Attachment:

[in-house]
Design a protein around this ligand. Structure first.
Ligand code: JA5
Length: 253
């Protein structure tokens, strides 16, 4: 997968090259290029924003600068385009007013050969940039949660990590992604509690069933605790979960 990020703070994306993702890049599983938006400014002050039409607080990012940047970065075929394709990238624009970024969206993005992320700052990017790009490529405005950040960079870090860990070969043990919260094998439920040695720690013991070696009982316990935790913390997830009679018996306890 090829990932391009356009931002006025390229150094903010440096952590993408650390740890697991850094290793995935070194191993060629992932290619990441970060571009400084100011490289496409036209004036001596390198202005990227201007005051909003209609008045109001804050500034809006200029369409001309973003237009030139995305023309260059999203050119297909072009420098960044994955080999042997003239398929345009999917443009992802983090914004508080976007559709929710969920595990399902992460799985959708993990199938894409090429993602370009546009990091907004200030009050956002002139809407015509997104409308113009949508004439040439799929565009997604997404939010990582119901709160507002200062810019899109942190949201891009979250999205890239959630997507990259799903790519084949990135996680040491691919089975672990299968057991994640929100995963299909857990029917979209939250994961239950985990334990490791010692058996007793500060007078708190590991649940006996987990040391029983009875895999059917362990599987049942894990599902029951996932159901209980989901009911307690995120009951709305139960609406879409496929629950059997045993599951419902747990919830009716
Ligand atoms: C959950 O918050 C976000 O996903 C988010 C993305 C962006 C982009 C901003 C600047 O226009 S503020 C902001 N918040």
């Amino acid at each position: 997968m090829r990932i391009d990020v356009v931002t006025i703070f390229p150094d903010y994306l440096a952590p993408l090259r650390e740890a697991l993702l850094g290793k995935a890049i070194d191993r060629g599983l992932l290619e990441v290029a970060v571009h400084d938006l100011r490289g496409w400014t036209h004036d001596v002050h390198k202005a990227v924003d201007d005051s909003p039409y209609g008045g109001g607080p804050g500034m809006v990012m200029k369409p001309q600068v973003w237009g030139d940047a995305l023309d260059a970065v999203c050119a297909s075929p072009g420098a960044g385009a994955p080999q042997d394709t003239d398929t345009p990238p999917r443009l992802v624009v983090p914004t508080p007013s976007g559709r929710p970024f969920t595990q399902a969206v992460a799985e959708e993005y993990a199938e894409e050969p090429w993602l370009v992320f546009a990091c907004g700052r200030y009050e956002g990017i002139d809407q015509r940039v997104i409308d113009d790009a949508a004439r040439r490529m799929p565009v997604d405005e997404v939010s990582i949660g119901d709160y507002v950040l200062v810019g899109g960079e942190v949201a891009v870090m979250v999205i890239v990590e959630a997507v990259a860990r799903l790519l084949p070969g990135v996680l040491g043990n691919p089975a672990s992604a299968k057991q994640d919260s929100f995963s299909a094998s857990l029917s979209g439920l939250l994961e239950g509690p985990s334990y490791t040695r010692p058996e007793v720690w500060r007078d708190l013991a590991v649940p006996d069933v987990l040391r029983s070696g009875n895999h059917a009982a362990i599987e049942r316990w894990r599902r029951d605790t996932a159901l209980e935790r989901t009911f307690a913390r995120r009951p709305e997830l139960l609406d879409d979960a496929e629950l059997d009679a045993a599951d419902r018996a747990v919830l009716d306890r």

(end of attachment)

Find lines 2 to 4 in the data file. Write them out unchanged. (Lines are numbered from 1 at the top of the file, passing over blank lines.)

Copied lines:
Design a protein around this ligand. Structure first.
Ligand code: JA5
Length: 253